In this section, we have attempted to highlight some of the demographic biases in the sample of Facebook users in Lebanon. Provided that the observed biases are constant spatially, across different regions of Lebanon, they will not affect the aggregated estimates of population vulnerability. However, if the aim is to disaggregate such vulnerability estimates by demographics, it will be important to correct for such biases by, for example, using the Facebook penetration. Due to the lack of reliable ground truth population estimates in Lebanon, we did not explore the use of Facebook penetration as a variable. Further, due to sparsity considerations, whereby the pool of available users shrinks as we disaggregate the population by region, expat status, language, device type, and other demographic attributes, we were not able to explore demographically disaggregated vulnerability estimates. However, this could be interesting to explore in other contexts where sufficient data is available for the different demographic subgroups.

4. Discussion

This study has shown that Facebook advertising data can help capture geolocated socioeconomic information on the population of Syrian refugees in Lebanon. Facebook-derived indicators such as the network connection or the type of mobile operating system used have been shown to be highly predictive for estimating poverty and income on the subnational level of Lebanese governorates and along other dimensions of disaggregation such as age groups and educational attainment. Even though this analysis is based on a very small dataset from six governorates, the observed correlations are significant at a 5% level, and are consistent with results from earlier studies using Facebook Ads Manager data for poverty assessments. In an attempt to validate these observations at a more fine-grained spatial resolution, we applied our analysis on city-level data from the Facebook advertising platform. Based on data from 24 cadastres that had more than 1,000 registered Syrian refugees and which were matched to a city on Facebook with more than 1,000 refugee users, we observed no correlation between the number of officially registered refugees and the estimates of Facebook users. We suspect that this is due to the unclear geographic mapping between the official administrative city boundaries and the undisclosed exact geographic delineation used by Facebook.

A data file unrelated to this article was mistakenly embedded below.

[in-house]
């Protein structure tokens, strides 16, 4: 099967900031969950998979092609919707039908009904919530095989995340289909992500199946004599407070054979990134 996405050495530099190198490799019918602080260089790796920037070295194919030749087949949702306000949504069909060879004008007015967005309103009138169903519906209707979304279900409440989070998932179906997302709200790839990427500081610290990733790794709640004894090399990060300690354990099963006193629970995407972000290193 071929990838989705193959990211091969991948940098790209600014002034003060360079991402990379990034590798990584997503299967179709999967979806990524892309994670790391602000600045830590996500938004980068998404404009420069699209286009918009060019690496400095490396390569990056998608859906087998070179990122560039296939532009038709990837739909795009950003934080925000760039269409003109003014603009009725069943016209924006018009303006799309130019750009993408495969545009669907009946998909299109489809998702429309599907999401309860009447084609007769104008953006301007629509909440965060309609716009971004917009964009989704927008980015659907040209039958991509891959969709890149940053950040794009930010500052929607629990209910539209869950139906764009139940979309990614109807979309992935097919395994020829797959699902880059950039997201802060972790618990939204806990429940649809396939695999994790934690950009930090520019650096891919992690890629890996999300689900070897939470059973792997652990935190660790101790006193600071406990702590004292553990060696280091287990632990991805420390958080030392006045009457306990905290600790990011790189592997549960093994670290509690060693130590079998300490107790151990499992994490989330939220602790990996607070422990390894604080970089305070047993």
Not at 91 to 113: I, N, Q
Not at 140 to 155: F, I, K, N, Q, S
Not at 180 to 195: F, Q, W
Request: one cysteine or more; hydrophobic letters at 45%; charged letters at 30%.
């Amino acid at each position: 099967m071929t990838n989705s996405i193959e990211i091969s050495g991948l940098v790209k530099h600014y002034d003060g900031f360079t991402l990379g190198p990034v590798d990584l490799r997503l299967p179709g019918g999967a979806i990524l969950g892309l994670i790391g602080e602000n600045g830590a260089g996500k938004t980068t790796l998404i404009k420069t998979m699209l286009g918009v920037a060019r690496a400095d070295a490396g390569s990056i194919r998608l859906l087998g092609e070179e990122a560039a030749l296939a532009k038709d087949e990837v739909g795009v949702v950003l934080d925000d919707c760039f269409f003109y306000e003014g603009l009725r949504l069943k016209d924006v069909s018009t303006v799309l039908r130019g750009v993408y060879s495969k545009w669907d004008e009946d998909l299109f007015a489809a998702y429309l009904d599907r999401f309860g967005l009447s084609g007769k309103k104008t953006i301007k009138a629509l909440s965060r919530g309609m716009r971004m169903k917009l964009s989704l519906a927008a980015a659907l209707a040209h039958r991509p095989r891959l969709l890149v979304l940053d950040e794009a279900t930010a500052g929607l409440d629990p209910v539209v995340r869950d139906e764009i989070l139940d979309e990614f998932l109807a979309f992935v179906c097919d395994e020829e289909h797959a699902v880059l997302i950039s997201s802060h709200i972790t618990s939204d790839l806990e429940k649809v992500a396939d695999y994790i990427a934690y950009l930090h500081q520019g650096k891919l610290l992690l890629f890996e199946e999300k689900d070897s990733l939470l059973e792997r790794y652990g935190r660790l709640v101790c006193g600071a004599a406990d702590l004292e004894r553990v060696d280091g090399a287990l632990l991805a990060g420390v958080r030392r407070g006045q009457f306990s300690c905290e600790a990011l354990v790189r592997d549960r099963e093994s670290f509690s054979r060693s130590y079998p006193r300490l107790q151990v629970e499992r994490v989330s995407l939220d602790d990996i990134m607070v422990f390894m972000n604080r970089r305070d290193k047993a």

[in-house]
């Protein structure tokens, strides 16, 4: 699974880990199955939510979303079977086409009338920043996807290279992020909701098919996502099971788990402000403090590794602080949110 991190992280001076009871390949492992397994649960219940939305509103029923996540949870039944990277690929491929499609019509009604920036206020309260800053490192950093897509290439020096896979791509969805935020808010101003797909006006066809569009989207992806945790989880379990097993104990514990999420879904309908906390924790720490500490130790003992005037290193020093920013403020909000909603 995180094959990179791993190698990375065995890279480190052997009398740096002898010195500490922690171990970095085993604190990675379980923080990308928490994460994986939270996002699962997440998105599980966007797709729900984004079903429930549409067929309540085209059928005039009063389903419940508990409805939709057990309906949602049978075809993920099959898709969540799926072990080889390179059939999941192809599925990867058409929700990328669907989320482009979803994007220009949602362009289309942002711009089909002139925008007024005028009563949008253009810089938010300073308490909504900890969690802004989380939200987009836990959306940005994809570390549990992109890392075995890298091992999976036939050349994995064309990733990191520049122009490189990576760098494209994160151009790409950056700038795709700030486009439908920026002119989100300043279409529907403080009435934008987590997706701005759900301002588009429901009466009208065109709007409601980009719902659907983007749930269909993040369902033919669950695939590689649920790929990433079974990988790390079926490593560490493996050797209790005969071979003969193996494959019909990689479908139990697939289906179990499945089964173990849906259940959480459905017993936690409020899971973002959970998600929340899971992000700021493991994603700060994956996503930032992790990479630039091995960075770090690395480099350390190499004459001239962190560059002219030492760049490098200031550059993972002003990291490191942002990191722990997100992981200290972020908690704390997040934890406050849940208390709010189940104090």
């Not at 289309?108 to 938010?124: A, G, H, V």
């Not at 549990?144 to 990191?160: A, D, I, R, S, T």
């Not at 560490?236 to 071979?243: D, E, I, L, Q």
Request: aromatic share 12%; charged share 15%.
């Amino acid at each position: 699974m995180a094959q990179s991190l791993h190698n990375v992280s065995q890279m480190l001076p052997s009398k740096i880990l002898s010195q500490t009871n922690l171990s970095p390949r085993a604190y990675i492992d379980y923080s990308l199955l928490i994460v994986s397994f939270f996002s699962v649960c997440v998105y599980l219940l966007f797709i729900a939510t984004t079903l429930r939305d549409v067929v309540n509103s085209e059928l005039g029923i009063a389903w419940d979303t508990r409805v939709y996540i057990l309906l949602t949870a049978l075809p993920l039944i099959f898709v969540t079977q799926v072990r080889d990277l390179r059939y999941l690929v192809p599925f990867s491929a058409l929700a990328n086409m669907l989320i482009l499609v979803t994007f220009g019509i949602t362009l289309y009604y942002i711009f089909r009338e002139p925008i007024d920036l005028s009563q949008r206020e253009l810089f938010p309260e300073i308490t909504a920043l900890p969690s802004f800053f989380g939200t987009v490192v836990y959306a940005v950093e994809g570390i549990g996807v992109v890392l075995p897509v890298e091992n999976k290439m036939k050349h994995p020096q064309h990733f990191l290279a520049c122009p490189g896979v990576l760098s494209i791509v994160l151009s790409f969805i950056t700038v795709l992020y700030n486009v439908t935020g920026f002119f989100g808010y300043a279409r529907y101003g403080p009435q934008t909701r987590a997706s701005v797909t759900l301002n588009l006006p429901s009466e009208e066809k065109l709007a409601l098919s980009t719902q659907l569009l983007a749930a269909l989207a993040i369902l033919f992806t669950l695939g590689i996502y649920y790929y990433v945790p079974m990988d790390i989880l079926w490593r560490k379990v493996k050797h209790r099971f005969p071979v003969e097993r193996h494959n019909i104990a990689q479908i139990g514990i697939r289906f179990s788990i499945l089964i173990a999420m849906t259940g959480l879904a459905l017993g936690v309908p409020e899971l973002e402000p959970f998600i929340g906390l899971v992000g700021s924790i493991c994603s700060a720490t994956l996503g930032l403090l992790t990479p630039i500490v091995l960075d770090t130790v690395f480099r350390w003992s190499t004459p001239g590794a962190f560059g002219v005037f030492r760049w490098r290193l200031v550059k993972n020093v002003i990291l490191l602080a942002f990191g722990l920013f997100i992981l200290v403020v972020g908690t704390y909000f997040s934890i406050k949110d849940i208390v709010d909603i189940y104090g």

More generally, data derived from the social media platform are not the only potential source of information on the socio-economic situation of Syrian refugees in the country. Besides official statistics, both satellite imagery as well as mobile phone metadata has seen multiple applications in recent academic literature on disaster response, migration, and socio-economic analysis: Official statistics provide reliable estimates for a range of socio-economic indicators, although often with little sub-national granularity. Earth Observation data generally captures specifics on, e.g., topography and topology at high geographical detail, even under open licenses, but does not generally fare well to differentiate complex social dynamics. Mobile metadata can picture social networks and mobility at varying degrees of spatial and temporal granularity, however, it is usually difficult to access due its proprietary and sensitive nature and as it relies on inference in most cases to capture socio-economic attributes. Facebook advertising data strikes a balance between socio-demographic scope and spatio-temporal granularity. Still, metrics derived from Facebook advertising data need to be carefully calibrated or treated otherwise to improve fairness vis-à-vis its platform-inherent biases as mentioned above. Therefore, it is not a substitute for ongoing official data collection operations such as VASyR, but a lever to break key statistics down geographically.